Diet and Exercise

 

Exercise

As vascular EDS patients we can modify our lifestyle in order to minimize injury and risk of blood vessel or organ rupture.  Our goal is to avoid any activities that are likely to put us at risk of adverse events.  Most activities of daily living are not affected by vEDS(1).

Activities to avoid:

It is recommended to avoid collision sports and isometric activities(1). Activities with rapid acceleration/deceleration are discouraged as they may increase the risk of blood vessel dissection (tears)(1). 

 

Examples of sports to avoid include: Football, rugby, water polo, mountain biking, etc.  The two concerns with ‘high level’ sports activities are that trauma from collisions can lead to rupture of blood vessels, and that the rapid and repeated increases in blood pressure can compromise normal blood vessel structure, setting patients up for dissection (tears) or rupture of blood vessels(1). 

 

Heavy weight lifting should be avoided.  This is true not only as a form of exercise, but also in daily life.  Do NOT strain to lift excessively heavy objects.

Encouraged forms of exercise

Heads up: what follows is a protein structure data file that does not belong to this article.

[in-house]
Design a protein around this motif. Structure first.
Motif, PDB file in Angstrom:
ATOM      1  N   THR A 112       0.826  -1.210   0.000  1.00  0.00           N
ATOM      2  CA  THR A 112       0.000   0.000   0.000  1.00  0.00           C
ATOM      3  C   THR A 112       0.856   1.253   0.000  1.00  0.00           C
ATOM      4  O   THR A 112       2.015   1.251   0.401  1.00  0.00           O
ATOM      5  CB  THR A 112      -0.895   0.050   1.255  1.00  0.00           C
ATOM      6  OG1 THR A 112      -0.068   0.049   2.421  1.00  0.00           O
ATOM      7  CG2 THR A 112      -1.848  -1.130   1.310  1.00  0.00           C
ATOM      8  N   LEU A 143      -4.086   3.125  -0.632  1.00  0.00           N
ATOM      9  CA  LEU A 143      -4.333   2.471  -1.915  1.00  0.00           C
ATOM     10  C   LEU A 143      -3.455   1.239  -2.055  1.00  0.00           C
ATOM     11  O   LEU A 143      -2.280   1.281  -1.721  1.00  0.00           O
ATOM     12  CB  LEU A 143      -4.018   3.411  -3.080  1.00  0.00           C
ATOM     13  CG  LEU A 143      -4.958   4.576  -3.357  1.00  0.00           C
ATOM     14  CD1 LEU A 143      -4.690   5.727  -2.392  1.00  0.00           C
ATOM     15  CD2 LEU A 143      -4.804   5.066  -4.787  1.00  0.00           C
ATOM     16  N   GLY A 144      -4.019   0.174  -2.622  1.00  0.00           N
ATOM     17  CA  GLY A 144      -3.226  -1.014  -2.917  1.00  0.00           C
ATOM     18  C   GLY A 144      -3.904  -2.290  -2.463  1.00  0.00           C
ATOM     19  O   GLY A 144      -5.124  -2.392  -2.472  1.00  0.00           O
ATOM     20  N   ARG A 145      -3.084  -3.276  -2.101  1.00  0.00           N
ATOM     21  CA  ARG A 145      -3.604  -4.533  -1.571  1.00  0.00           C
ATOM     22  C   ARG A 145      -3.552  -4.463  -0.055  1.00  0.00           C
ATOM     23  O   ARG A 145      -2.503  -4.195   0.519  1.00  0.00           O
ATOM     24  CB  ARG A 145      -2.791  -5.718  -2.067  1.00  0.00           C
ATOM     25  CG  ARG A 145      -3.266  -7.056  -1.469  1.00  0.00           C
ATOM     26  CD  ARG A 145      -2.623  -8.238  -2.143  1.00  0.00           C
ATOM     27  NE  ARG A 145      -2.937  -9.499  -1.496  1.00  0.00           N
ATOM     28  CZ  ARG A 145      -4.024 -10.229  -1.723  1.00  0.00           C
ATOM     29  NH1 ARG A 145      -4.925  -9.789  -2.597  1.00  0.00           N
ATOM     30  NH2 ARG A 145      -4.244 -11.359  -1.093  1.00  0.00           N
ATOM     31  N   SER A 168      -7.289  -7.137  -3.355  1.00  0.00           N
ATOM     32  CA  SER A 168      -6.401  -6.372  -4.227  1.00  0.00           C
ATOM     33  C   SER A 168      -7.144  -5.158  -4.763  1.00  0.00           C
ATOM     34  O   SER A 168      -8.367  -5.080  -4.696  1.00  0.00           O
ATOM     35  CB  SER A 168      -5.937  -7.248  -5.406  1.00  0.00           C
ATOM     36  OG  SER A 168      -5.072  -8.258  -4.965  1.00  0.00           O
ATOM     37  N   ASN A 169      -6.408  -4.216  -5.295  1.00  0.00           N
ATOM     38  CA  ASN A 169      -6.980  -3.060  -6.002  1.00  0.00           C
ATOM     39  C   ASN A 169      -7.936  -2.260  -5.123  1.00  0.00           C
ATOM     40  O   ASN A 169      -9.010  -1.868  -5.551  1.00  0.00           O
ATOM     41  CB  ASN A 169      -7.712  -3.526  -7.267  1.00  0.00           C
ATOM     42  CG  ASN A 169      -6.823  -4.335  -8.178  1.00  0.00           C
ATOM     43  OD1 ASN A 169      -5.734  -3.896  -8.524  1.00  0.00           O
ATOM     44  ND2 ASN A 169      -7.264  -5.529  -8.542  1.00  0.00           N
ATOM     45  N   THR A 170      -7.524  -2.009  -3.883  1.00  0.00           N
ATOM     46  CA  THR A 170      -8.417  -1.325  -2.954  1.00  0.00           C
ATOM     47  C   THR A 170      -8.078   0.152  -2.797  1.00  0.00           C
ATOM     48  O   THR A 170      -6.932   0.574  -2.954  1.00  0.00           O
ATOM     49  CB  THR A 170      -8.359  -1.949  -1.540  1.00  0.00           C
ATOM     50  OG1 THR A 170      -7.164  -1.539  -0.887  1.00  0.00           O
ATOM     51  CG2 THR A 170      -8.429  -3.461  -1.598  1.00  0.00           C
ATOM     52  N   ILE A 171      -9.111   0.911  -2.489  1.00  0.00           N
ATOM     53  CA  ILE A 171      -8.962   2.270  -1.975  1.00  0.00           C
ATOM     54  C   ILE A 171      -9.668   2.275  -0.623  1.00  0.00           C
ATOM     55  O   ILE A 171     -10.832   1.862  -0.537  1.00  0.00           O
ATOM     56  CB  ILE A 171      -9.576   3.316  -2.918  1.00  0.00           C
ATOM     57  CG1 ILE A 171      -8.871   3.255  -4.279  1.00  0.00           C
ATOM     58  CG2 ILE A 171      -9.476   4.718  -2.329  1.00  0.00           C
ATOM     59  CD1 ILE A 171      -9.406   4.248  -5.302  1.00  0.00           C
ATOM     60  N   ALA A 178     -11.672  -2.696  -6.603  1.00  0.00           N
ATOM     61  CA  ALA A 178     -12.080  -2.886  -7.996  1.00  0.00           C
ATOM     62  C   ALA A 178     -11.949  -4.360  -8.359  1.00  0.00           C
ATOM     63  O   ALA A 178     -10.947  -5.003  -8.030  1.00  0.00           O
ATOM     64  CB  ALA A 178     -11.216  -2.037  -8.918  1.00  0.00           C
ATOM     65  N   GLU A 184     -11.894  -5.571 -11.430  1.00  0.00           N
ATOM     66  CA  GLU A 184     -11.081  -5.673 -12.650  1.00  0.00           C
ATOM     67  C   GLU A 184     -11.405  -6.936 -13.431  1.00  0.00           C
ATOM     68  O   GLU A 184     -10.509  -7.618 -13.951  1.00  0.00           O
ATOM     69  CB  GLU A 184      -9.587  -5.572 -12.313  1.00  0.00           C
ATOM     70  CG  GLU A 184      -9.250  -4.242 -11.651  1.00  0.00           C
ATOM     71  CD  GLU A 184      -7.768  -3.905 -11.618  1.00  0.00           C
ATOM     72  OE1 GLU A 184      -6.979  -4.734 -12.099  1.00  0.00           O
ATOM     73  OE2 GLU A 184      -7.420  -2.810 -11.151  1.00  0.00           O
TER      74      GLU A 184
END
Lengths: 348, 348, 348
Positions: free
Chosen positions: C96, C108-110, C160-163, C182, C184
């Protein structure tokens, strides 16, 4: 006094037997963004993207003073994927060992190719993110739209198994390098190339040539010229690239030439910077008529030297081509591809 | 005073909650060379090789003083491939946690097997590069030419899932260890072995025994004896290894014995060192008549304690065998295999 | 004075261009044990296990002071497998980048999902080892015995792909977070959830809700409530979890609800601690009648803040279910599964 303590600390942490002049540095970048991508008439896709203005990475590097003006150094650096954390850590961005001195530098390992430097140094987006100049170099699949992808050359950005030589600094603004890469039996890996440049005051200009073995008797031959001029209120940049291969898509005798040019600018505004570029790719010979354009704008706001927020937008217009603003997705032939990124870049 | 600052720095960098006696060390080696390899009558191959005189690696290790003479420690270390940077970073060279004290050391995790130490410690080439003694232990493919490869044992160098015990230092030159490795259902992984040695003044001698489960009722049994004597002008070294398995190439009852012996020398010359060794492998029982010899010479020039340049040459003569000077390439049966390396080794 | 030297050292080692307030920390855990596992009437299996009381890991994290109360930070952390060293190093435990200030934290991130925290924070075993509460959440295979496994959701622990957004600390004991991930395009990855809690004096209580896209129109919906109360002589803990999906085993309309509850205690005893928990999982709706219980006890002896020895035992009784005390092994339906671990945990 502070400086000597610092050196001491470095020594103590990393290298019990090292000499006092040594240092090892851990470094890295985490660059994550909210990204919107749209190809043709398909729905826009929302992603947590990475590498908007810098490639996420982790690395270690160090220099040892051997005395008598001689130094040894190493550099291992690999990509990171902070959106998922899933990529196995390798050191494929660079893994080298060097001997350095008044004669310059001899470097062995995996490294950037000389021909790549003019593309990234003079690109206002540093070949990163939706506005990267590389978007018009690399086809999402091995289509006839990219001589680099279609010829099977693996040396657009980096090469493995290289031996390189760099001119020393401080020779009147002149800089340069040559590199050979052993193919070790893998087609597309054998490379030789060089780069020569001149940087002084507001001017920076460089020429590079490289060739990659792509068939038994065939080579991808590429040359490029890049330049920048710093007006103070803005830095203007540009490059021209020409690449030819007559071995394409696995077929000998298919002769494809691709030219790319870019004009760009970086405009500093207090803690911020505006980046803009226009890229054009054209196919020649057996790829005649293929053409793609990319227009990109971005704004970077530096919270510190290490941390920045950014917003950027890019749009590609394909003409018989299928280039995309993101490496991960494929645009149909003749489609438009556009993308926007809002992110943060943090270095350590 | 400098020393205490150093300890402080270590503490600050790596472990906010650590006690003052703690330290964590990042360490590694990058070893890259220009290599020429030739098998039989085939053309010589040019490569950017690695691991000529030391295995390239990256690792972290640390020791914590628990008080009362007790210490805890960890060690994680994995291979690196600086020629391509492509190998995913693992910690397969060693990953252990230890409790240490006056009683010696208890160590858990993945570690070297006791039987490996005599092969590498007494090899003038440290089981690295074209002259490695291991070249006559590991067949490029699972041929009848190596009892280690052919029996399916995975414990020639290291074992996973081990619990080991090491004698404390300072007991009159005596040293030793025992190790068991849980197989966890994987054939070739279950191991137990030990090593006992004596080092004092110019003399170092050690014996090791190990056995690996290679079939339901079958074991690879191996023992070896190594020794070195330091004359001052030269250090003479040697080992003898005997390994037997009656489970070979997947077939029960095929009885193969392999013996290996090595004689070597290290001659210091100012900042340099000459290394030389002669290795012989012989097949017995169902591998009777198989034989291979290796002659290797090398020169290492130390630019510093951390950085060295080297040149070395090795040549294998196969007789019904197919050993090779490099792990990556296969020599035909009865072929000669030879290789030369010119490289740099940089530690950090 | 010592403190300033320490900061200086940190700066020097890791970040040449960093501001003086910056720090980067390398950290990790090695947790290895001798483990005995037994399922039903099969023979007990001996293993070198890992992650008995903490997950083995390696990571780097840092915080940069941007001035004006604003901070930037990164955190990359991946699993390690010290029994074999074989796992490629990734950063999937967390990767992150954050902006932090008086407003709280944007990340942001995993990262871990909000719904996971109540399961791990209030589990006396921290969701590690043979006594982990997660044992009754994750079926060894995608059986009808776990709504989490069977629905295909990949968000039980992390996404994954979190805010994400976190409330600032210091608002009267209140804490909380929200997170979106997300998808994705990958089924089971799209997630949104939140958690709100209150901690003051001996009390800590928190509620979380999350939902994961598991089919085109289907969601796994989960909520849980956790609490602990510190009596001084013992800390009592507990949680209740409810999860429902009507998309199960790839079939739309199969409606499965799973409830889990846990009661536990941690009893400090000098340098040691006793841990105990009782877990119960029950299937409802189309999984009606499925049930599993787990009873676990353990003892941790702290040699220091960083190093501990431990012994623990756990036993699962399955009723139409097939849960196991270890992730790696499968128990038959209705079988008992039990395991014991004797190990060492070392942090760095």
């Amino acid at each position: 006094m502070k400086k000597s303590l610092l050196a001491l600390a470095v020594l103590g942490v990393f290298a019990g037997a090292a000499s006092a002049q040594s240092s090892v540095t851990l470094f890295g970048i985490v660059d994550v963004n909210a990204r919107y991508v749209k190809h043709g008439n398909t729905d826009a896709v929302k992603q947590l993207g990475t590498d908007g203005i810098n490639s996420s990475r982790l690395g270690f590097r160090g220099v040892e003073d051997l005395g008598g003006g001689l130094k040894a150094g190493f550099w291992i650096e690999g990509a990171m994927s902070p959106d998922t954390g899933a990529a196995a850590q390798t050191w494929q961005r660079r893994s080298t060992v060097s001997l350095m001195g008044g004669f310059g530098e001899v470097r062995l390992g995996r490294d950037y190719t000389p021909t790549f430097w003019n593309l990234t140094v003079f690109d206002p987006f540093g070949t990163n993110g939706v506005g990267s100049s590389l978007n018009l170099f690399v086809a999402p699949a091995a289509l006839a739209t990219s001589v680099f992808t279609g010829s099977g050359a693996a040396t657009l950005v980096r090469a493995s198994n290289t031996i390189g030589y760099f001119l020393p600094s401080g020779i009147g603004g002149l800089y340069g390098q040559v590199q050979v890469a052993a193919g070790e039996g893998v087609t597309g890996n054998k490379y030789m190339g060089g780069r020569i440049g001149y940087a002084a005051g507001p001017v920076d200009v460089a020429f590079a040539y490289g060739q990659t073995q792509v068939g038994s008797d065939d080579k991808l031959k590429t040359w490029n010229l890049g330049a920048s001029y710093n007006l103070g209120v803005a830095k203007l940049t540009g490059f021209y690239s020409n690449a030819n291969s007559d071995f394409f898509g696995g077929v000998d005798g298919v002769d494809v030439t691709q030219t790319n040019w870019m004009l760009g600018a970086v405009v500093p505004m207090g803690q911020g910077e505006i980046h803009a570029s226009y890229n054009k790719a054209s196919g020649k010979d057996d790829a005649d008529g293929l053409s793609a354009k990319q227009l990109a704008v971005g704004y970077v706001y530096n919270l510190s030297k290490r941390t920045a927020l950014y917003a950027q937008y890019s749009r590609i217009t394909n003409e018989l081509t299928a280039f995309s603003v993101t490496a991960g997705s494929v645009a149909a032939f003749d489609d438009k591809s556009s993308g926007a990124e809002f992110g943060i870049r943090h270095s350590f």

Mild to moderate exercise is encouraged in vEDS patients.  Forms of encouraged aerobic exercise include swimming, elliptical trainers and stationary bike.  Running on well cushioned treadmills can be considered, but running on hard surfaces or for long distances can potentially worsen pain in the feet, ankles, knees and hips(1). 

 

There are no currently accepted specific limits on the extent of activity.  General recommendations for ‘mild to moderate’ exercise include being able to converse with a partner during activity (you are not too winded to do this) and good breath control while lifting(1). 

 

Patients may lift light weights to retain tone and strength—but again, lifting heavy weights should be avoided(1). A patients weight limits depend not only on an individual's previous strength and fitness, but additionally their history of joint pain, hypermobility and dislocations(1).

 

Source: Diagnosis, History and Management. Byers et al. Am. Journal of Genetics March 2017

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